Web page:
The skid of Pierre Poilievre

The slippage of Pierre Poilievre


Inflation is the problem of the hour. It erodes purchasing power, it particularly hurts retirees, it forces central banks to make sudden moves on interest rates. Out of control inflation is a real poison for the economy and could lead us straight to a recession next year.

Before Pierre Poilievre was a candidate for the leadership of the Conservative Party, then Conservative finance critic, I interviewed him to talk about inflation.  

He pointed out with aplomb the responsibility of the governments that recklessly pumped money into the economy during the pandemic. As far as I'm concerned, crazy government spending doesn't explain all of the inflation, but it has contributed to it.  

MP Poilievre also touched the public with a precise analysis of the consequences of inflation on the portfolio of families in addition to advancing some possible solutions. In short, I would have thought that the theme of inflation would be a very strong point for him in a leadership campaign. 

However, he slipped. His basic speech always has a foundation. But for obscure reasons, it got entangled in absurd additions.  


First, he developed this idea that investing in bitcoins would be an ingenious way to protect against inflation. A priori, this YouTube video in discussion with a restaurateur investing in bitcoins could have been only a nice curiosity. But the aspiring leader is having his arm caught in the wringer.

He wears his bitcoin sweater as if he were a cryptocurrency peddler rather than an aspiring prime minister. Then he slips up using his credibility to make a suggestion that could ruin a family's life.

It was nonsensical advice. Calculation done, a person who would have been seduced by the advice of Poilievre and who would have transferred his bank account to bitcoins at the end of March would have lost today a third of his purchasing power. In addition to inflation. Thanks Peter.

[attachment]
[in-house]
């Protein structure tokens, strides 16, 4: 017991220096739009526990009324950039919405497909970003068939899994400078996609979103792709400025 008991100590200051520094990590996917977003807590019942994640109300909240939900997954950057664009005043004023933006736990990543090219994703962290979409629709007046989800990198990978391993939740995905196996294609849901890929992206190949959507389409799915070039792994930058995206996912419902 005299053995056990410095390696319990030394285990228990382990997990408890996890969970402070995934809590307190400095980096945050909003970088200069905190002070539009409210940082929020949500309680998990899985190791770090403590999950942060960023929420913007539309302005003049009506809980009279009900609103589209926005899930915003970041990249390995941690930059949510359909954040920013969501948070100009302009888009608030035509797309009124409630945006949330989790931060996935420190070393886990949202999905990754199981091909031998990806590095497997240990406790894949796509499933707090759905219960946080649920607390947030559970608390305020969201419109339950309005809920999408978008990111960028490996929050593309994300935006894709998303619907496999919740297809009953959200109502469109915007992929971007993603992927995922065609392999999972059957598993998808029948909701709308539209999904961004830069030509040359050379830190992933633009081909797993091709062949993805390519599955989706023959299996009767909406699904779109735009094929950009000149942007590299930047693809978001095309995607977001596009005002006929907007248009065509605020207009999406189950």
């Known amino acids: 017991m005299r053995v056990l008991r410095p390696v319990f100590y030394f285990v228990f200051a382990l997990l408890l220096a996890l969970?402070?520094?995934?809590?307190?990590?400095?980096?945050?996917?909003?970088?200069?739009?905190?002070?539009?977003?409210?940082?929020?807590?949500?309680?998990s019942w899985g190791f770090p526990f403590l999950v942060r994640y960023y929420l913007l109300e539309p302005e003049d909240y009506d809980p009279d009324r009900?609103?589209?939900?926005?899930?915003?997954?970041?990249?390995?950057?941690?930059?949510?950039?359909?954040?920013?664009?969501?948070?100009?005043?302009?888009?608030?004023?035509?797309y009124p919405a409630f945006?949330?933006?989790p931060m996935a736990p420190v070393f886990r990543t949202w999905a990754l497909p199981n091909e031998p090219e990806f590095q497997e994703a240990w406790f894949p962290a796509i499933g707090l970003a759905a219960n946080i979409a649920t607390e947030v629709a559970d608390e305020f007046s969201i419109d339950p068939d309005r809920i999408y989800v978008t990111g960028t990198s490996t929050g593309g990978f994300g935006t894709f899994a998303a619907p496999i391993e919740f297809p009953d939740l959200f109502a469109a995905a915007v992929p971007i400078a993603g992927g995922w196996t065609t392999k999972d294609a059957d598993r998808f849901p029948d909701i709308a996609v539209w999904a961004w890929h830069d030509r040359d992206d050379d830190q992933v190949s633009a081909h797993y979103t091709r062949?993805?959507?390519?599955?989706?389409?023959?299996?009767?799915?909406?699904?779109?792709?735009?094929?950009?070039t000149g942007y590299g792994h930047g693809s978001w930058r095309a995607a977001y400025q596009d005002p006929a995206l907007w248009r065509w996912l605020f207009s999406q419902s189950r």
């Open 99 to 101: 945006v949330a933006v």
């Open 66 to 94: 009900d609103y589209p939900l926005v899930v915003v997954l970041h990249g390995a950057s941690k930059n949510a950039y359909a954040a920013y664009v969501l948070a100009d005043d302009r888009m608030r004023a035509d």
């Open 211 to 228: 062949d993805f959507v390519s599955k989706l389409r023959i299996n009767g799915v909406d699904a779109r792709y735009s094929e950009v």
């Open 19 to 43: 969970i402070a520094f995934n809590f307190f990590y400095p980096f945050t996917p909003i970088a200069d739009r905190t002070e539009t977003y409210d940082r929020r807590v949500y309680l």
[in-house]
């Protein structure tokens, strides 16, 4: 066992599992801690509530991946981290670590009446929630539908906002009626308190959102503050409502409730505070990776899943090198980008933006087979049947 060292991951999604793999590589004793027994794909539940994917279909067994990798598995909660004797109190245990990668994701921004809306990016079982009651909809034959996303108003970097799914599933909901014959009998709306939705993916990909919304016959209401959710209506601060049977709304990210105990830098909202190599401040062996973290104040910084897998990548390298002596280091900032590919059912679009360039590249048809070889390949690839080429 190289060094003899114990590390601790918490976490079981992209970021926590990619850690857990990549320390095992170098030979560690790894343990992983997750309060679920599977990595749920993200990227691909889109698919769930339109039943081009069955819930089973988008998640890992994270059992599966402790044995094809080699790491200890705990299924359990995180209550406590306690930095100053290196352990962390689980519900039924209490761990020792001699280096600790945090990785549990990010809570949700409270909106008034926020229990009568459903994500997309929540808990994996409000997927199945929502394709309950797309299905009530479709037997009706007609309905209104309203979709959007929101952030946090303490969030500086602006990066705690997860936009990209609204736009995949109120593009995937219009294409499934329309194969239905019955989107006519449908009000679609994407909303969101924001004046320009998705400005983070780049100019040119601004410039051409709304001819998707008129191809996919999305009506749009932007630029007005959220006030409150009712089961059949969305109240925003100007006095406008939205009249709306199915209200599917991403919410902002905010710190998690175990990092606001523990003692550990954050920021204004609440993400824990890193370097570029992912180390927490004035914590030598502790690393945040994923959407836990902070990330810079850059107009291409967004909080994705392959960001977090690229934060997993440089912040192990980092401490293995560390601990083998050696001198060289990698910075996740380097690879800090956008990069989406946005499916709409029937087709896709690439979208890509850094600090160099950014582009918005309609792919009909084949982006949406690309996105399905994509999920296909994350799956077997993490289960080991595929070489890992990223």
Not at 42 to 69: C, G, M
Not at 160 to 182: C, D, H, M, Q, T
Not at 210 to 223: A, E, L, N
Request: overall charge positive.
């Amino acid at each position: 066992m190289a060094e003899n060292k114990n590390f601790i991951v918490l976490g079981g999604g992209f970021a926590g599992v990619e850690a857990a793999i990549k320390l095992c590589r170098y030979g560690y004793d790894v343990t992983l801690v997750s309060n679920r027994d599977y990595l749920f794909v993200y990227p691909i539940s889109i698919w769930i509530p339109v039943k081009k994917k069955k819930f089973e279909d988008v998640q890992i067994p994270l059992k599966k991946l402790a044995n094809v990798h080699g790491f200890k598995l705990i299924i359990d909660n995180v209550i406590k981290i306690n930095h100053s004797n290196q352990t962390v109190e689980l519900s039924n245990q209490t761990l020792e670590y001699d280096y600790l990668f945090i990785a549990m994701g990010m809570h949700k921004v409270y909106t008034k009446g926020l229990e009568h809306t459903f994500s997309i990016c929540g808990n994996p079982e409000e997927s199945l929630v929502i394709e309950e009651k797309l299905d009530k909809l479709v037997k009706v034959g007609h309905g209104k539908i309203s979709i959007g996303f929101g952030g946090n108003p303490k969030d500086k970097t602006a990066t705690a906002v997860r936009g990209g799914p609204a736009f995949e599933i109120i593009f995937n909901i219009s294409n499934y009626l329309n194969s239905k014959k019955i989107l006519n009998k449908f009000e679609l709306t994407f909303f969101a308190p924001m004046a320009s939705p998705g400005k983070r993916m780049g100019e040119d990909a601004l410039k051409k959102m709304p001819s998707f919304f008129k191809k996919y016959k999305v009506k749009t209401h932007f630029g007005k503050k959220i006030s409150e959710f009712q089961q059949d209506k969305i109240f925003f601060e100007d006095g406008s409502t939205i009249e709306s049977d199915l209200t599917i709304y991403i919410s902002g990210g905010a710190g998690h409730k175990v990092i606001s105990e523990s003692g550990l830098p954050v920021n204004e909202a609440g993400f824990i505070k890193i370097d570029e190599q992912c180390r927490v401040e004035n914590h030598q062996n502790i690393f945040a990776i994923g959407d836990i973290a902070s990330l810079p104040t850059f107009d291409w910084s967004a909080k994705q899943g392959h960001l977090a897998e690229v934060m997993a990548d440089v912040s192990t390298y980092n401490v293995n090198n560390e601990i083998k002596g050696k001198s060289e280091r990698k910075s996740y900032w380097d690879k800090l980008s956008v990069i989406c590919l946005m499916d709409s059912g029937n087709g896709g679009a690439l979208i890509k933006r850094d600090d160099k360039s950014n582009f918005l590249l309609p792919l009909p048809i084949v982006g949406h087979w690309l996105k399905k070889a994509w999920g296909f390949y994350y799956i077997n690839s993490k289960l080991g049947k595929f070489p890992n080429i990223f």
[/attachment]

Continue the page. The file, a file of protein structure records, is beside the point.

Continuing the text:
Don't get me wrong. I have nothing against cryptocurrencies: but they are volatile in the same way as many risky stocks on the stock market. It goes up and down like a rollercoaster. If anyone is willing to take the risk with money that isn't needed for next week's groceries, go for it.  

But a political leader who suggests transferring one's assets there in order to protect oneself from inflation, this is highly reprehensible.  

The Governor of the Bank

< p>In debate this week, Poilievre slipped up again. He has promised to fire the Governor of the Bank of Canada if elected. If there is one function that everyone wanted to keep away from politics, it is this one. Especially for the country's monetary stability.

To say that Justin Trudeau has spent too much is one thing. To politicize the Bank of Canada for its supposed complicity in financing said expenditures is not serious. One day, he will be looking for a way to extricate himself from such a promise.

The skid by Pierre Poilievre

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